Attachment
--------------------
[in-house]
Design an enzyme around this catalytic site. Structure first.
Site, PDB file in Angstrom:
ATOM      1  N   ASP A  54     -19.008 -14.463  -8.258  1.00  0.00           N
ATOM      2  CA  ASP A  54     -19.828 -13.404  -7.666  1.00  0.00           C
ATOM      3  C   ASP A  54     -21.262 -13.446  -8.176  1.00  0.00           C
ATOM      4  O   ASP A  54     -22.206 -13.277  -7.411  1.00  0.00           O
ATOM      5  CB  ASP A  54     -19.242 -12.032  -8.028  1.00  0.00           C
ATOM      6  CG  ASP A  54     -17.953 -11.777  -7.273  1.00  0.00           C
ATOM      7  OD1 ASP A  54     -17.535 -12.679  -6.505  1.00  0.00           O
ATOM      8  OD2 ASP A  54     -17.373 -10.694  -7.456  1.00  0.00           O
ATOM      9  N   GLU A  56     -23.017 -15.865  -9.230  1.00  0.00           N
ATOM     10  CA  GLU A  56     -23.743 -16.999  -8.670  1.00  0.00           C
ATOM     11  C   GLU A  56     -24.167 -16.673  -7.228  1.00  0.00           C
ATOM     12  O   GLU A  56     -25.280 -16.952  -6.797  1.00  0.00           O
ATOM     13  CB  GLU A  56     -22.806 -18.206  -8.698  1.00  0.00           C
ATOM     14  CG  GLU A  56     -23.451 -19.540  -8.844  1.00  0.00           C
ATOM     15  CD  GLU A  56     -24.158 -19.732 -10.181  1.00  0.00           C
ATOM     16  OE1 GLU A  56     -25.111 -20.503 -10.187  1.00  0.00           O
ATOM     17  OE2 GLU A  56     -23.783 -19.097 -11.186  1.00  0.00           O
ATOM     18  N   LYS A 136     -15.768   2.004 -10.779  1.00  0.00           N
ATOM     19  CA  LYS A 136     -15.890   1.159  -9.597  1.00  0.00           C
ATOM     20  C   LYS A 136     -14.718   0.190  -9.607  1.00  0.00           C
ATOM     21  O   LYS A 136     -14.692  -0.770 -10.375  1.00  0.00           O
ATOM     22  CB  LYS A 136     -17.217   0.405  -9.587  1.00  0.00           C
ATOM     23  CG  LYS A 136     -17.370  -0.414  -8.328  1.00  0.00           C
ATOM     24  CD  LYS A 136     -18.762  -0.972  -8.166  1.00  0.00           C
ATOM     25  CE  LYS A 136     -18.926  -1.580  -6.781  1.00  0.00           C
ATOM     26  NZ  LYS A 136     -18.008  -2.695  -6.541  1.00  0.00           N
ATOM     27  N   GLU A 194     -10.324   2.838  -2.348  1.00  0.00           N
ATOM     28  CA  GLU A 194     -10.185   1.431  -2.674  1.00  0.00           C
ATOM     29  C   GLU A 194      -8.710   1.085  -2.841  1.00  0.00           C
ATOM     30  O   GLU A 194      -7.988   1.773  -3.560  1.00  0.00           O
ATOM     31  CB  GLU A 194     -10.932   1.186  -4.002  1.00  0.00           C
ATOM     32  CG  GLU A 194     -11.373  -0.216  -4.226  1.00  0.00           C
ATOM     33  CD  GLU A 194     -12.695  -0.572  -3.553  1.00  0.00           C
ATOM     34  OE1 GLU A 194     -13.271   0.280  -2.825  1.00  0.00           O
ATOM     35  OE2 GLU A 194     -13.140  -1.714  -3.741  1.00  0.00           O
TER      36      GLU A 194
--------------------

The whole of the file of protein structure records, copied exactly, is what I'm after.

[in-house]
Design an enzyme around this catalytic site. Structure first.
Site, PDB file in Angstrom:
ATOM      1  N   ASP A  54     -19.008 -14.463  -8.258  1.00  0.00           N
ATOM      2  CA  ASP A  54     -19.828 -13.404  -7.666  1.00  0.00           C
ATOM      3  C   ASP A  54     -21.262 -13.446  -8.176  1.00  0.00           C
ATOM      4  O   ASP A  54     -22.206 -13.277  -7.411  1.00  0.00           O
ATOM      5  CB  ASP A  54     -19.242 -12.032  -8.028  1.00  0.00           C
ATOM      6  CG  ASP A  54     -17.953 -11.777  -7.273  1.00  0.00           C
ATOM      7  OD1 ASP A  54     -17.535 -12.679  -6.505  1.00  0.00           O
ATOM      8  OD2 ASP A  54     -17.373 -10.694  -7.456  1.00  0.00           O
ATOM      9  N   GLU A  56     -23.017 -15.865  -9.230  1.00  0.00           N
ATOM     10  CA  GLU A  56     -23.743 -16.999  -8.670  1.00  0.00           C
ATOM     11  C   GLU A  56     -24.167 -16.673  -7.228  1.00  0.00           C
ATOM     12  O   GLU A  56     -25.280 -16.952  -6.797  1.00  0.00           O
ATOM     13  CB  GLU A  56     -22.806 -18.206  -8.698  1.00  0.00           C
ATOM     14  CG  GLU A  56     -23.451 -19.540  -8.844  1.00  0.00           C
ATOM     15  CD  GLU A  56     -24.158 -19.732 -10.181  1.00  0.00           C
ATOM     16  OE1 GLU A  56     -25.111 -20.503 -10.187  1.00  0.00           O
ATOM     17  OE2 GLU A  56     -23.783 -19.097 -11.186  1.00  0.00           O
ATOM     18  N   LYS A 136     -15.768   2.004 -10.779  1.00  0.00           N
ATOM     19  CA  LYS A 136     -15.890   1.159  -9.597  1.00  0.00           C
ATOM     20  C   LYS A 136     -14.718   0.190  -9.607  1.00  0.00           C
ATOM     21  O   LYS A 136     -14.692  -0.770 -10.375  1.00  0.00           O
ATOM     22  CB  LYS A 136     -17.217   0.405  -9.587  1.00  0.00           C
ATOM     23  CG  LYS A 136     -17.370  -0.414  -8.328  1.00  0.00           C
ATOM     24  CD  LYS A 136     -18.762  -0.972  -8.166  1.00  0.00           C
ATOM     25  CE  LYS A 136     -18.926  -1.580  -6.781  1.00  0.00           C
ATOM     26  NZ  LYS A 136     -18.008  -2.695  -6.541  1.00  0.00           N
ATOM     27  N   GLU A 194     -10.324   2.838  -2.348  1.00  0.00           N
ATOM     28  CA  GLU A 194     -10.185   1.431  -2.674  1.00  0.00           C
ATOM     29  C   GLU A 194      -8.710   1.085  -2.841  1.00  0.00           C
ATOM     30  O   GLU A 194      -7.988   1.773  -3.560  1.00  0.00           O
ATOM     31  CB  GLU A 194     -10.932   1.186  -4.002  1.00  0.00           C
ATOM     32  CG  GLU A 194     -11.373  -0.216  -4.226  1.00  0.00           C
ATOM     33  CD  GLU A 194     -12.695  -0.572  -3.553  1.00  0.00           C
ATOM     34  OE1 GLU A 194     -13.271   0.280  -2.825  1.00  0.00           O
ATOM     35  OE2 GLU A 194     -13.140  -1.714  -3.741  1.00  0.00           O
TER      36      GLU A 194